South Africans committed to saving electricity during Earth Hour on Saturday evening, contributed towards saving an average of 515MW during the hour.

However, during last year’s Earth Hour the country saved 575 MW—enough electricity to power a city the size of Polokwane, indicating a change in behaviour this year.

South Africa’s state-owned power utility, Eskom, said in a statement that as part of its support for the Earth Hour campaign it measured the reduction in electricity used during the hour against typical consumption for the same period on an average Saturday evening.

Beyond Earth Hour

The power utility urged consumers to take action beyond Earth Hour and to make energy efficiency and environmental conservation part of their daily lifestyles.

“We would like to encourage people to take action beyond this one hour and to make energy efficiency and environmental conservation part of their daily lifestyles.

“People are encouraged to reduce their energy consumption every day by using electricity efficiently, switching off all non-essential lights and household appliances,” said Eskom in a statement.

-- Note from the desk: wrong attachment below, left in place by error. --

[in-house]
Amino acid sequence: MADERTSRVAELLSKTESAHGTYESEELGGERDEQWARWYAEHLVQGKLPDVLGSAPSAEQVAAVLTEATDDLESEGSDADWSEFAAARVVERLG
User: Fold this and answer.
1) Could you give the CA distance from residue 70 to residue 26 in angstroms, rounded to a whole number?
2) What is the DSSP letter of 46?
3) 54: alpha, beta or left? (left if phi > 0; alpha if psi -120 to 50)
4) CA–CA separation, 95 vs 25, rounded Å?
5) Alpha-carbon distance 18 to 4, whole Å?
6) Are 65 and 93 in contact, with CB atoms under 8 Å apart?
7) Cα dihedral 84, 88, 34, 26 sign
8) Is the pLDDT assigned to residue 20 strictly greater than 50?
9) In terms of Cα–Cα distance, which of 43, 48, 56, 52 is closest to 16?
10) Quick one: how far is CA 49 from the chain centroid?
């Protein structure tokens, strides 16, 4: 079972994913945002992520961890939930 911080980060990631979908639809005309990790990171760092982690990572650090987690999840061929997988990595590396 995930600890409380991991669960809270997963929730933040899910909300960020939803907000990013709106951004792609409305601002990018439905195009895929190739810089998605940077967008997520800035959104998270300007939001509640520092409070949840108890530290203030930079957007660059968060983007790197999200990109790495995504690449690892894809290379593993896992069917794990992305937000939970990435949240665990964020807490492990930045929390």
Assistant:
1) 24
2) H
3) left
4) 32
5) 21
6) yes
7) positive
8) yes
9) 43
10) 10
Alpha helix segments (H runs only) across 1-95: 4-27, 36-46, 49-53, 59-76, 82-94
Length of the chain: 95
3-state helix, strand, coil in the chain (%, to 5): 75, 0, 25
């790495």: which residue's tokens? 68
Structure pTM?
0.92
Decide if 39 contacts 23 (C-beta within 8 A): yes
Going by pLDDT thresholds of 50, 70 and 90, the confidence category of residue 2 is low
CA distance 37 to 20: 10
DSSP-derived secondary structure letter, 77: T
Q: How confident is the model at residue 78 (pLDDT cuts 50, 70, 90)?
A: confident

[quote]Last year, Eskom battled to meet electricity demand, but has managed to stave off load shedding for the past seven months through a proactive maintenance plan. The utility expects no load shedding for the rest of the summer going into autumn and winter, it advised in a statement.

“We will continue with a rigorous programme of planned maintenance without implementing load shedding while also minimising the usage of open cycle gas turbines (OCGTs).”

The power utility said commercial customers, particularly shopping centres and office blocks, can also make a big difference by switching off non-essential lights and not leaving office equipment such as photocopiers and computers in standby mode after hours.

Defence against climate change

Siddarth Das, executive director of Earth Hour Global, said in a statement: “Earth Hour reminds us that while people are on the frontlines of climate change, they are also our first line of defence.”

People are encouraged to switch off lights and unused appliances for an hour as a symbolic demonstration of their commitment to action against climate change.

Earth Hour, first initiated by the World Wildlife Fund in 2007 in Sydney, has since grown into the world’s largest environmental awareness initiative, attracting participation from over 41,910 cities and towns across 172 countries on seven continents, including around 10,400 landmarks.

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